Robert: We do know with reading the news and just knowing how bureaucracies work that the FCC can wield a lot of power. The worry is that this is not about government censorship, sometimes it's about self-censorship. ... I think one of the concerns is … there's a tendency to take on presidencies in a very almost big way that makes Trump look dumb or something like that, that is easy to satirize in expected ways. It's the question of the specifics of abuses of power that would be the big question.

The case comes down to a question of freedom of speech, and it's actually a tweet by the president that helps the writer win his case. What was it like writing a fake Trump tweet and why did you decide to integrate his Twitter activity into the story?

Robert: As you saw even just, like, last week, and there are new examples every week, his tweets tend to snatch defeat from the jaws of victory. [On Feb. 28], most pundits thought he gave a very good speech [to Congress] — and then immediately he undercut that with the charge about [former President Barack] Obama's wiretaps.

In the writers room, we all kind of agreed — because this was written about a month-and-a-half, two months ago — that Trump would shoot himself in the foot. That was the inspiration for that.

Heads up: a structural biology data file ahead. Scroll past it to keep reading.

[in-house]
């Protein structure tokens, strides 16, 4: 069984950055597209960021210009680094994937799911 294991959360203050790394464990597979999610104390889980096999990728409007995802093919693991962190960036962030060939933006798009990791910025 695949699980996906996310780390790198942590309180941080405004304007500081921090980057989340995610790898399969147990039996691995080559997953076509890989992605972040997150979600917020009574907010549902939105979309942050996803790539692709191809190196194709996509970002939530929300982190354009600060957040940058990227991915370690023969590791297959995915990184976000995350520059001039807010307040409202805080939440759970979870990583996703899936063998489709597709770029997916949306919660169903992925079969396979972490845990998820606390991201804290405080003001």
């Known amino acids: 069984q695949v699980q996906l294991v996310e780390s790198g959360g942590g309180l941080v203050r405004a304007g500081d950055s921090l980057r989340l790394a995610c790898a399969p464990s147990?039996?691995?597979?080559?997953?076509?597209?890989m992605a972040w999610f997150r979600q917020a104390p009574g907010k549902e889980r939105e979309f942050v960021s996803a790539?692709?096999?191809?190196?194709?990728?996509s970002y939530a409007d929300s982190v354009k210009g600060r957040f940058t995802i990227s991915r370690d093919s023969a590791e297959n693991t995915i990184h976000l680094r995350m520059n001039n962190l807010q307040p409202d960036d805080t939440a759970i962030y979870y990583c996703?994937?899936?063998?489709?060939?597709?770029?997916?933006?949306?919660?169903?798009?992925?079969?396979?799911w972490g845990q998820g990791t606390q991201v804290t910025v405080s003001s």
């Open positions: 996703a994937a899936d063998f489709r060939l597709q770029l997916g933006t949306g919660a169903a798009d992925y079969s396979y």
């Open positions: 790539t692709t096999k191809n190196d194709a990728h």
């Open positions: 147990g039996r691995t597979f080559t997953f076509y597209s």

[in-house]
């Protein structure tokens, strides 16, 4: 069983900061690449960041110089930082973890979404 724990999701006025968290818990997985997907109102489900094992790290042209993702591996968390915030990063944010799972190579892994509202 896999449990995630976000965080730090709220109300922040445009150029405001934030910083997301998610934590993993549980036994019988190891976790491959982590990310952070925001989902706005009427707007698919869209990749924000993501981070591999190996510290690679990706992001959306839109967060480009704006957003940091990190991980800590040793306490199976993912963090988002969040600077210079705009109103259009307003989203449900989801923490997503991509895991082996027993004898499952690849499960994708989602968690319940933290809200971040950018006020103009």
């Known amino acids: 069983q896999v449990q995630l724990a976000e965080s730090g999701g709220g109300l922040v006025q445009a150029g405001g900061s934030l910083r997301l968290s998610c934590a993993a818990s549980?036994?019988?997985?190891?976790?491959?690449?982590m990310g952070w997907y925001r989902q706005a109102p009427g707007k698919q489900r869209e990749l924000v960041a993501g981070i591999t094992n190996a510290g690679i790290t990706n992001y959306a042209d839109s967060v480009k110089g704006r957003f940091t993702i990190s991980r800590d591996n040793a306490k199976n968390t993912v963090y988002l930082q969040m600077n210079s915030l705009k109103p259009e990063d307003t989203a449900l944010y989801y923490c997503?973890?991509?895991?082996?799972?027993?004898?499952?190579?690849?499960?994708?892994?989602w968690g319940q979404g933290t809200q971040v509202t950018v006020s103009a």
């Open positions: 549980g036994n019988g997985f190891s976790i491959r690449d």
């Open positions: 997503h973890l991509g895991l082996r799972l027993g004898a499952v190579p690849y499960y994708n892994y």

This episode talks about ripped-from-the-headlines occurrences, which is something that not only SVU does frequently, but The Good Wife and The Good Fight also do. Does the situation SVU has found itself in make you think twice about doing these kinds of episodes and/or how closely to lean into those similarities between the real world and the show?

Michelle: We're pretty careful when we're building the episodes and we stay pretty firmly on the side of fiction. We're inspired by, but we're careful not to tread too much in the middle of it.

Robert: When the ideas form for the episodes, we talk to CBS legal and get guidance. First of all, whether this is such a dangerous territory, we should avoid it, and then how do we get around these problems? It's kind of what we did with the Social Network episode of The Good Wife [season two's "Net Worth"], where The Social Network the movie was sort of a takedown of Marc Zuckerberg. So it felt fun to do an episode that was inspired by that and took down the creators of a movie that would take down another person.